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Right to refuse overtime

The Report: April / May 2001 vol.22 num.2

by BRUCE WILKINS

What is the scope of an employee's right to refuse overtime?

Working people have many different attitudes towards working overtime. Some welcome overtime as the opportunity to put some more money in the bank. Others wish to accrue extra time off to tag on to that long-awaited vacation. Others, however, see overtime as a pain to be avoided — less time for family, friends and favoured activities, and more time in a stressful work environment. Working too much overtime can contribute to or be the cause of work-related injury for tired and over-worked bodies and minds.

The right to refuse overtime applies differently to various employee groups within HSA. If you are covered by the Health Services and Support ... Community Subsector Agreement, article 16.8 gives employees a specific right to refuse overtime whether the overtime requested is on a scheduled work day or on a scheduled day off. Be careful, however, as the right to refuse overtime is limited by emergency situations. This means if you refuse to work overtime where there is an emergency, you could be subject to discipline. As to what constitutes an emergency, it is better to err on the side of caution and -work now, grieve later," in consultation with your steward.

The Nurses Collective Agreement also contains a provision giving employees some power over the issue of overtime. Article 27.03 balances the right of the employer to ask for reasonable overtime with the employees right to decline unreasonable overtime. However, what constitutes -reasonable" overtime can be a thorny issue.

Article 27.03 allows the employer to request that the employee work a reasonable amount of overtime. Should there be overtime requested over and above what the employee deems reasonable, the employee can decline without being subject to disciplinary action. Beware, however, that this is not an absolute right to decline overtime under any circumstances. For example, an employer may have the right reasonably to ask for two hours of overtime after a full shift. If the employer asks for eight hours, the employee might be able to argue that while two hours might be reasonable, eight is not. It is not that the employee can decline overtime absolutely — just that the employee can decline overtime over and above reasonable overtime. What is and is not reasonable overtime will vary from situation to situation. Unfortunately, there is no hard and fast rule. Again, where there are emergency conditions, the right to decline is not protected by the collective agreement.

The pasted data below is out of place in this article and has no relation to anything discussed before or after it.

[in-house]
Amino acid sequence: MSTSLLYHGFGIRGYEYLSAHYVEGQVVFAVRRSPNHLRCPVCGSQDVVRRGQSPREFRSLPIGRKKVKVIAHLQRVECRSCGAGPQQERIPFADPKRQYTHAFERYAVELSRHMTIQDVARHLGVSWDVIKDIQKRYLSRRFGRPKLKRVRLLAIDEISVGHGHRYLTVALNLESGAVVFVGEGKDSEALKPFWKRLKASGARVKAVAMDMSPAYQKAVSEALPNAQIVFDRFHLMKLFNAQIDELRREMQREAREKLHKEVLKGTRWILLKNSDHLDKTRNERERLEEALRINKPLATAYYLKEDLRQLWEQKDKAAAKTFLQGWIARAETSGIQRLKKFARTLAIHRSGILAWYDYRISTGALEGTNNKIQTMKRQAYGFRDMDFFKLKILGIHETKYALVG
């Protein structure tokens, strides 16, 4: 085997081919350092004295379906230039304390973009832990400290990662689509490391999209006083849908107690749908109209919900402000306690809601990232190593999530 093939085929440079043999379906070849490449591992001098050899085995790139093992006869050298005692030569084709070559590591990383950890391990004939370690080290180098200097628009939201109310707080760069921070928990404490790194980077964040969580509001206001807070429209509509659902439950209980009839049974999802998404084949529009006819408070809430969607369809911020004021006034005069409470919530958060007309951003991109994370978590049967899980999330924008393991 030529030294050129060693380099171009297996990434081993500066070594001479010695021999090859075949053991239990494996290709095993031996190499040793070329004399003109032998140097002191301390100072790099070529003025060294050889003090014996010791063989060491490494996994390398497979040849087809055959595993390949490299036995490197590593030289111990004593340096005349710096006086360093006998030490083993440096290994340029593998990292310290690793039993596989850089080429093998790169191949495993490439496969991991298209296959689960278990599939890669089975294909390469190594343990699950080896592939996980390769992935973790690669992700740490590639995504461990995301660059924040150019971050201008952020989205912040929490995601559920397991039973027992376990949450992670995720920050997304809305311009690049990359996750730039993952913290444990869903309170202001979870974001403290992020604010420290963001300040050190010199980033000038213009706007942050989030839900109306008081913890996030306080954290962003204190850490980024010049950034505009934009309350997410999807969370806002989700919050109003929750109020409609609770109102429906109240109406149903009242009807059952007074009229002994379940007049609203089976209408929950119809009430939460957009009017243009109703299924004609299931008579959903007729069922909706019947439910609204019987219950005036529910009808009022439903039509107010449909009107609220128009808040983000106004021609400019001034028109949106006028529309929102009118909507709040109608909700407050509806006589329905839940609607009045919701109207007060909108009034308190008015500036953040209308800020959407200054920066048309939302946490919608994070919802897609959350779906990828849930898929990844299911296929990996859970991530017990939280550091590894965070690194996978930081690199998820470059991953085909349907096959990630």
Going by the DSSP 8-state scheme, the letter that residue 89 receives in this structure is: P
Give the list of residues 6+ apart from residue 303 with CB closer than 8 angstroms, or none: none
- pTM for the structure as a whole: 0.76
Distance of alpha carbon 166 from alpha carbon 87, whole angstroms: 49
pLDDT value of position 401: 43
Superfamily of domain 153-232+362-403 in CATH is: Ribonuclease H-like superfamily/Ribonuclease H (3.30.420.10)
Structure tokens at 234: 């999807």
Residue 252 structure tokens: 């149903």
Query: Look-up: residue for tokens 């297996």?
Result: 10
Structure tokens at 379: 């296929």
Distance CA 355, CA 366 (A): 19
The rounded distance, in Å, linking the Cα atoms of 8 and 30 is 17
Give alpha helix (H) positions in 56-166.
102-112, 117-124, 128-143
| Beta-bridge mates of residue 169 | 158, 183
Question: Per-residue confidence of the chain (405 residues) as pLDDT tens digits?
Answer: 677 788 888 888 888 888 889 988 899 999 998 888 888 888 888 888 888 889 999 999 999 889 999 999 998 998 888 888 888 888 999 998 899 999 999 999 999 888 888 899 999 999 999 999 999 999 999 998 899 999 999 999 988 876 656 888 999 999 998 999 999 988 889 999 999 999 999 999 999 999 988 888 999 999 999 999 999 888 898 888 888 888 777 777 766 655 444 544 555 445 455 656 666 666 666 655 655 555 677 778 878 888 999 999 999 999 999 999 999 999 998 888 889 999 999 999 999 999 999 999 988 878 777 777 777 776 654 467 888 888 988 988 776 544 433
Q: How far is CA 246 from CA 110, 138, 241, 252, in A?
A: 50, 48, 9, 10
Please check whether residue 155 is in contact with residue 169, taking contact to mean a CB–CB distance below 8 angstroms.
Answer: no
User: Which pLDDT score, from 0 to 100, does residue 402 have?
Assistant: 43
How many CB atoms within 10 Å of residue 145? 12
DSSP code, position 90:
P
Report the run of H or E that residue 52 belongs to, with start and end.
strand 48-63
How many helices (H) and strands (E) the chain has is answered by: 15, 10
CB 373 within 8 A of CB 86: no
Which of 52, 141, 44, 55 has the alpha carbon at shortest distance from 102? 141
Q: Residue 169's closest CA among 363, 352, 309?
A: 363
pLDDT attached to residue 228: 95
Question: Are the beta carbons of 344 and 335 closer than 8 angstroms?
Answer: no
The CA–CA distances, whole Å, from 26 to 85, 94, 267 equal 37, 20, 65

If you are an employee covered by the Paramedical Professional Collective Agreement, there is little in the contract giving the employee the right to refuse overtime. Arbitrators have generally agreed that if the collective agreement does not say that overtime is voluntary, the employee will be obliged to work overtime if requested. The paramedicals contract contains a -management rights" clause in section 4.01 which states that all management rights not specifically abridged, modified or delegated by the agreement are retained by the employer. Can there be any right to refuse overtime under these circumstances?

A strong body of arbitral decisions states that management must exercise its rights, including the requesting of overtime, fairly and reasonably. Furthermore, section 39 of the Employment Standards Act states that an employer must not require an employee to work excessive hours detrimental to the employees health and safety.

In any case, if you feel that the assignment of overtime in your workplace violates the collective agreement, or is unfair, excessive, or detrimental to your health and safety, please contact your local steward.

Bruce Wilkins is legal counsel for HSA.

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